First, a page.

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How much are you worth?

How much are you worth? That is the question you should ask yourself when you are interviewing for a new job. Today I attended the APEG Salary Seminar in UBC. The main presentation in the seminar is on how to negotiate your salary. The seminar’s target audience is engineering students graduating this year, but the insight in the seminar applies anytime anywhere, especially when you are looking for a new job. I wish I had attend a seminar like this when I was in school.

The rule of thumb in salary negotiation is don’t sell yourself short. Your starting salary will affect your future pay raise and your value in the company. Contrary to common misunderstanding, salary negotiation won’t affect the hiring decision. By the time you negotiate your salary with HR, you are already hired. It is important to research the market salary of your job before the interview. Here are some useful links:
APEGBC Compensation Survey
hitechsalary.com
payscale.com

In negotiation, whoever names the number first loses. If the HR ask how much you are expecting, DON’T give a figure. You should answer with questions, asking what is the salary range for the same position in the company or how is the compensation compare to industry average or the APEG salary survey. Don’t get cornered into naming a number, that’s the job of the HR to give you a number. When you receive your contract, carefully review all the details. You can blackout and initial things that you can’t agree with. You don’t have to sign the boiler plate employment contract. You should understand the performance review process and get your first review within 6 months. You can only get a raise or promotion if your performance is evaluated.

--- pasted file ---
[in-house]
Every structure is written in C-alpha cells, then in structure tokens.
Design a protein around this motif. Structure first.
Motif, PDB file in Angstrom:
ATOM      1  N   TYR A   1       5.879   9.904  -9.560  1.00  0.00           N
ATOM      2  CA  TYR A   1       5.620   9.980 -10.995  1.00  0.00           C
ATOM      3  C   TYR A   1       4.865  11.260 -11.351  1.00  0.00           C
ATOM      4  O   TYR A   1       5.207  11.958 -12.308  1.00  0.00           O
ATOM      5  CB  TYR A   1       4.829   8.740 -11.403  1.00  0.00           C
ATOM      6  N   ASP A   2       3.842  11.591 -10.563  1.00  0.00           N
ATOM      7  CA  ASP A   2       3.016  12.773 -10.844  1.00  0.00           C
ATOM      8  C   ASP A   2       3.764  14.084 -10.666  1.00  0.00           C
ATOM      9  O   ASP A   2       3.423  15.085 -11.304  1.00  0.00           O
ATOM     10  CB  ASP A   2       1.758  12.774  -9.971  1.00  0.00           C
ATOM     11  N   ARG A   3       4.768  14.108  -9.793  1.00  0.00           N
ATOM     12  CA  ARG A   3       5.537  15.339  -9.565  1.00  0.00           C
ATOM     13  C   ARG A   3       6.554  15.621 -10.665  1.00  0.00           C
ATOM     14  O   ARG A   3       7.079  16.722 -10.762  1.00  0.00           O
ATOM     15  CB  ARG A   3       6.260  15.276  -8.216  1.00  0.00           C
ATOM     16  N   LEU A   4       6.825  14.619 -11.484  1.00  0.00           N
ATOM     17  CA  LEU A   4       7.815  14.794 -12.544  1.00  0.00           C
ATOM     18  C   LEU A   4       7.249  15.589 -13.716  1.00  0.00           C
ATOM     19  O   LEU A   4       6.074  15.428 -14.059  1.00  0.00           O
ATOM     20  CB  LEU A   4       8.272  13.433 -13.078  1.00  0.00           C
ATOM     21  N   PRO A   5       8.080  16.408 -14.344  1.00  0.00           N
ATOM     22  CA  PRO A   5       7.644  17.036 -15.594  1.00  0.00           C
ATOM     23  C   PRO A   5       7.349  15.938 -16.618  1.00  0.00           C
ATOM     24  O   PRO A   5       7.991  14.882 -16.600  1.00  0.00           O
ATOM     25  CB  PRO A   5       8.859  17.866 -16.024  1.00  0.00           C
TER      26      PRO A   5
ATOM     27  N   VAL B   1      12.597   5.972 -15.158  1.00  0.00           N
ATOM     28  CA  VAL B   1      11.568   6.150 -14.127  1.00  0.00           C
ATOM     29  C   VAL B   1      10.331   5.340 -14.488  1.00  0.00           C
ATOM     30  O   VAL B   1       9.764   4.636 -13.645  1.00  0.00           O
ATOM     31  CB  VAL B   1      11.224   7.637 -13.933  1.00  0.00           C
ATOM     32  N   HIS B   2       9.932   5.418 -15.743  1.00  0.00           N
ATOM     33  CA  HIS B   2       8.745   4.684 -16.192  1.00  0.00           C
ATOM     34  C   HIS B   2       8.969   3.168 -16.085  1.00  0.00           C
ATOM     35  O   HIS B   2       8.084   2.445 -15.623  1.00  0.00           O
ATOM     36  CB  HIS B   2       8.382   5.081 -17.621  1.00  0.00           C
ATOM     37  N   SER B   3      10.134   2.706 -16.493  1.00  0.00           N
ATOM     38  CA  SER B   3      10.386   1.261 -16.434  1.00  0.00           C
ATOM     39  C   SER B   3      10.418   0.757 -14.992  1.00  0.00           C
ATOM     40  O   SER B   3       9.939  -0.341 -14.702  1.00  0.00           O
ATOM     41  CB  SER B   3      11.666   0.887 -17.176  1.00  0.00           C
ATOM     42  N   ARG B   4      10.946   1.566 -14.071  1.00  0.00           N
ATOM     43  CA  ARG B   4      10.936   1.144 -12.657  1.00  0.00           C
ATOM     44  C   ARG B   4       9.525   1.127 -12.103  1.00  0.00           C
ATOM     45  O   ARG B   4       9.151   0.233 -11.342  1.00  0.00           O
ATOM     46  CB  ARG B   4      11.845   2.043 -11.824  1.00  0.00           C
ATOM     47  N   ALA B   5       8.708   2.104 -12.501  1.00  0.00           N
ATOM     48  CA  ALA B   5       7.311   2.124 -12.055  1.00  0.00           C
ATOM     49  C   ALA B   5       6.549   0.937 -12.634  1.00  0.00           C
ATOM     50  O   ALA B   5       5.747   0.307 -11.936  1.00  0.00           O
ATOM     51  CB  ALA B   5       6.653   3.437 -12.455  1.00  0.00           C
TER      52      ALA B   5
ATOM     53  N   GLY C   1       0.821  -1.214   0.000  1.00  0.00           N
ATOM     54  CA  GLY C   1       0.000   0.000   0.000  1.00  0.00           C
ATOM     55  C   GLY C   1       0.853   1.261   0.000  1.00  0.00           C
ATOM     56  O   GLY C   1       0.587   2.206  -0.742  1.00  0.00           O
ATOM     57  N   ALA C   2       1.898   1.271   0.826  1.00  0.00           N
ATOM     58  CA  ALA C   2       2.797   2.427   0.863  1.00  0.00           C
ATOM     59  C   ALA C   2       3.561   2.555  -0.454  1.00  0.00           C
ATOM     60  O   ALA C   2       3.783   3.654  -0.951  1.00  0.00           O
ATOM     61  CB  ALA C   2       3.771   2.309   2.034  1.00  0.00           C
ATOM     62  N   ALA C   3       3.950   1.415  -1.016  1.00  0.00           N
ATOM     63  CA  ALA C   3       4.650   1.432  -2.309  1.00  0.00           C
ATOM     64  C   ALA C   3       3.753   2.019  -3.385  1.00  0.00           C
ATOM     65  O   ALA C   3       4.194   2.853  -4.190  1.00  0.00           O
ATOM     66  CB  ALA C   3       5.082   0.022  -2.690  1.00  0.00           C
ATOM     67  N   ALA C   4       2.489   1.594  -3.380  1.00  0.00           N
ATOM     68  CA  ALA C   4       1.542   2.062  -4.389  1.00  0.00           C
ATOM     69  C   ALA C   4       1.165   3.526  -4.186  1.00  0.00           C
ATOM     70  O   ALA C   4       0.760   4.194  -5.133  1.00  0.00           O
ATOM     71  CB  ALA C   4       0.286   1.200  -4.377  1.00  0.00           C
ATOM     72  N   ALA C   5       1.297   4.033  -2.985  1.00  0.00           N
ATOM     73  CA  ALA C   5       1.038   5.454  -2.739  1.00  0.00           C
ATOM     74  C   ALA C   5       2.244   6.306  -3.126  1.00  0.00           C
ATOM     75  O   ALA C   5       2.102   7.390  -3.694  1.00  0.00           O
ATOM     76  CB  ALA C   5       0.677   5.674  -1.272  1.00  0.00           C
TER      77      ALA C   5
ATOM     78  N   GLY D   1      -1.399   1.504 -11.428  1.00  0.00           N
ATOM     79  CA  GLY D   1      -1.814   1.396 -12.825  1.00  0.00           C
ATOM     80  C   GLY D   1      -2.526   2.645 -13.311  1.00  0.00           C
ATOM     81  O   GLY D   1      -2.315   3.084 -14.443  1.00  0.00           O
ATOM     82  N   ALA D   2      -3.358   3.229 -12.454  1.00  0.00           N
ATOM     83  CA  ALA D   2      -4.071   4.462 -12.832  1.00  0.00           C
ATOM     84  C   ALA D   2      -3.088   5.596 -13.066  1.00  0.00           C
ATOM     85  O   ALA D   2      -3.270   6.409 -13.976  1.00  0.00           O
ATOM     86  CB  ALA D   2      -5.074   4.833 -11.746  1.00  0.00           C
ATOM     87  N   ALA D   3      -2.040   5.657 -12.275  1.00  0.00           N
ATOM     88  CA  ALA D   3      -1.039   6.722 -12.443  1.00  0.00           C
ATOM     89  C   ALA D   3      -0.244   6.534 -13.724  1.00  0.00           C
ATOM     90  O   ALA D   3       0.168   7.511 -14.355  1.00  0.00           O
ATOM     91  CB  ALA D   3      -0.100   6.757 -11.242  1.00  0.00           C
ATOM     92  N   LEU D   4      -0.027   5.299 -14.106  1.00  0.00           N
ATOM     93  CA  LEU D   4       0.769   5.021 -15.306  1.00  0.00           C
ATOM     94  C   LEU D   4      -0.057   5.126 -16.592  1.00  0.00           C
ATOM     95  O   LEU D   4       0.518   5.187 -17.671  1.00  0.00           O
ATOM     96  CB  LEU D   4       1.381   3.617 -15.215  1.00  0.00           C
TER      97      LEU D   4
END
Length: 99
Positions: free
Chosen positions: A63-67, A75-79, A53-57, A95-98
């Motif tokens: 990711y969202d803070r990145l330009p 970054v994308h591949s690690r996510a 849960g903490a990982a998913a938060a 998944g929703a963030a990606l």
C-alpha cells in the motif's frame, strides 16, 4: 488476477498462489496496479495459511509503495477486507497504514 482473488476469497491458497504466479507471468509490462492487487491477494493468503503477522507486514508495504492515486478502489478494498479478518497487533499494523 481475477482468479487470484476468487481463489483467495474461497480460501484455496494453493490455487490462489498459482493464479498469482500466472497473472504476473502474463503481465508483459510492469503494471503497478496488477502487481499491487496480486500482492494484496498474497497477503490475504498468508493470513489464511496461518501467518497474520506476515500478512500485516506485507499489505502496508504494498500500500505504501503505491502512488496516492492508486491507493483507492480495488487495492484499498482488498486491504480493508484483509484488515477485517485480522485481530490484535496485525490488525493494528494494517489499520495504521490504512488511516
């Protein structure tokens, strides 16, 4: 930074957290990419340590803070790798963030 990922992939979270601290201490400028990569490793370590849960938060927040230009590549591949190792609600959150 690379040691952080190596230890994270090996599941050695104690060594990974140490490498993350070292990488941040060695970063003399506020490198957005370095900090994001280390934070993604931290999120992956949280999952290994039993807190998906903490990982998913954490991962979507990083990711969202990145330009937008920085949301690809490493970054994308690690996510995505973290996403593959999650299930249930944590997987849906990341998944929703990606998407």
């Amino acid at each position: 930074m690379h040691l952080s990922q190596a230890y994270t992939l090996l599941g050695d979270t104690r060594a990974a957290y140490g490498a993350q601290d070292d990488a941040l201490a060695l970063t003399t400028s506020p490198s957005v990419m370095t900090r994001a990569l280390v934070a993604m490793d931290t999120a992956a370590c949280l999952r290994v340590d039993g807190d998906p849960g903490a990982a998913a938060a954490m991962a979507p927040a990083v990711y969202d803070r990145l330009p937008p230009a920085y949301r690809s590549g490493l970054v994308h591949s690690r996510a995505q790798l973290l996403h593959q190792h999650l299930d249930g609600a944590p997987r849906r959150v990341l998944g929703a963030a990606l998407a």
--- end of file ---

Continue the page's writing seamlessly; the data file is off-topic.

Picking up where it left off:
Don’t forget to act professionally in the salary negotiation. Don’t play off the offers from two companies to fish for higher pay, the HR have their own circle and you will be black-listed. Don’t directly discuss other offers in the negotiation. You should join the company because you like the job and feel fairly compensated, you don’t work for whoever give the highest pay. Talk about other offers directly will usually cause backfire.

The last bit of tips in presentation really apply to me. You should re-evaluate your salary every year. The largest increase in your salary occur when you move to a new job. Always keep your resume up to date and ready to go. If your qualification or experience level change, it is a good idea give the new resume to your employer so the company can re-evaluate your value.

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